The fight to “save” industrial land is really all about jobs, that forgotten priority of “city-building”
Suddenly, after months and years of obsessive coverage of Metro Vancouver’s red-hot housing market, we get two in-depth probes of the region’s dwindling industrial land base, that forgotten step-sister of the affordable housing debate, one with a Vancouver focus, by The Tyee’s Christopher Cheung, and a regional take by Frances Bula in The Globe.
The “industrial land” debate is really about jobs. If you don’t have stable, well-paying jobs in your city the future will be bleak. But the jobs issue is always the forgotten priority of “city-building.”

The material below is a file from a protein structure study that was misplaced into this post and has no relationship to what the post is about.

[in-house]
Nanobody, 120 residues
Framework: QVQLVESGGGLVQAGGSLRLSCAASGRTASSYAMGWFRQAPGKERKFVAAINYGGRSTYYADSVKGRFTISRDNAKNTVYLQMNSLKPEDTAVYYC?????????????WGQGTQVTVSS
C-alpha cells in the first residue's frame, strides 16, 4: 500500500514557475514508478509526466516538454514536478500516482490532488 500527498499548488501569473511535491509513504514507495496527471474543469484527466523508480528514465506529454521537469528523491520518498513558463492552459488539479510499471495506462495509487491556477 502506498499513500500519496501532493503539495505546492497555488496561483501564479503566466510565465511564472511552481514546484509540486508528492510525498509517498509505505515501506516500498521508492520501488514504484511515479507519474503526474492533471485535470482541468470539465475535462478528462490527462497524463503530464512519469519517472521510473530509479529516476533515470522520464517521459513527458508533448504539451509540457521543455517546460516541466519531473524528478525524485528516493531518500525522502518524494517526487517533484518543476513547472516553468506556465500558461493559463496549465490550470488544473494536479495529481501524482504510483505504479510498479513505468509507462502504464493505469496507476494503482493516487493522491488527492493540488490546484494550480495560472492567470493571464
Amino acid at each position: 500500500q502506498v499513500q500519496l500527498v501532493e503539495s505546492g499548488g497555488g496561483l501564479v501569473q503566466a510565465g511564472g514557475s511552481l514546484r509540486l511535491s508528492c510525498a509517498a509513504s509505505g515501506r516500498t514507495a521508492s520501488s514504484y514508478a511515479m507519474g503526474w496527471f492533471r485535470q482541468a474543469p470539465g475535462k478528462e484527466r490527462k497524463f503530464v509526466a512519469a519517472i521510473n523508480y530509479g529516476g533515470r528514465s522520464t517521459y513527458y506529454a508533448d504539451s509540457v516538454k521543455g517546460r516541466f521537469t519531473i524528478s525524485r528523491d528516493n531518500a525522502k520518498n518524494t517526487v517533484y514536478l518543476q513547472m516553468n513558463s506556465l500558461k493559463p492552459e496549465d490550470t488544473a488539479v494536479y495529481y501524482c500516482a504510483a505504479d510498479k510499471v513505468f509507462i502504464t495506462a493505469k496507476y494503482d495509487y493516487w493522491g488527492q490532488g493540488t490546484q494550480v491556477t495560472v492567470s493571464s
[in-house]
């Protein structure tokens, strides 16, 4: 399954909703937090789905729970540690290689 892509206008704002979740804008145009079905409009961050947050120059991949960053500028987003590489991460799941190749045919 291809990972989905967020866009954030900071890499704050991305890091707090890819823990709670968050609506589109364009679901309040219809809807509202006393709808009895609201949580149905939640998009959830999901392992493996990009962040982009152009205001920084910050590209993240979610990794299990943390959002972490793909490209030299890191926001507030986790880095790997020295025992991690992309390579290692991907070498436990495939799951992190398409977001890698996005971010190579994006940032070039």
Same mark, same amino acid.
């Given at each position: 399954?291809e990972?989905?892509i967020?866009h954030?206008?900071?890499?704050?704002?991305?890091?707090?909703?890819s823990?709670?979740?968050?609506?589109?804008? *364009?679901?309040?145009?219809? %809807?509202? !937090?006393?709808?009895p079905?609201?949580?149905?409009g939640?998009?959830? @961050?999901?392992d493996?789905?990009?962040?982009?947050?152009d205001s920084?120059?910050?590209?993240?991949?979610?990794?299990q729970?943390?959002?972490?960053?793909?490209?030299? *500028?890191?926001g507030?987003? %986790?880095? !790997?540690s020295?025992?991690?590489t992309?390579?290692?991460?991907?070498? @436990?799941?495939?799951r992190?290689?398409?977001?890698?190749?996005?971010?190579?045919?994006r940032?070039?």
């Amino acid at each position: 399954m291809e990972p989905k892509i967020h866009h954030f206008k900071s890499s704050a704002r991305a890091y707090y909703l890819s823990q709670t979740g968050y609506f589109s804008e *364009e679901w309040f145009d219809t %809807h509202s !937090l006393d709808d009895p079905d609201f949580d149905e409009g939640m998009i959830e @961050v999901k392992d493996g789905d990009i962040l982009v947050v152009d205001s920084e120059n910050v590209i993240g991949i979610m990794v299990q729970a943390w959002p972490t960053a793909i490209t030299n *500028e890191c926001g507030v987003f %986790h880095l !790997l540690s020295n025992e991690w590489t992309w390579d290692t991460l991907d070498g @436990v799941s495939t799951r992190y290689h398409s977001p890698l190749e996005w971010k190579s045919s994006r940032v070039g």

Metro Vancouver has seen much of its industrial land base move to residential development in the last 50 years. (All of False Creek, for example, was heavy industry until after the Second World War.)
Yet “industrial” lands that formerly housed machine shops, saw mills or manufacturing can still be very intensive job producers in the modern economy, as Cheung notes. The lands between City Hall and Second Ave., a low-rise industrial neighbourhood where the city has broadened permitted job uses and allowed slightly more density, is seeing strong growth on an existing base of 8,000 light industrial, commercial and office jobs.
A moratorium on condominium development in the Central Business District has seen seven new office towers committed or under construction, enough to ensure that area and the Broadway Corridor remain the heart of the province’s financial sector for a long time to come.
As Michael Geller notes in Bula’s piece, the new Metro Vancouver Regional Growth Strategy goes a long way to locking in the remaining industrial land for the long-term.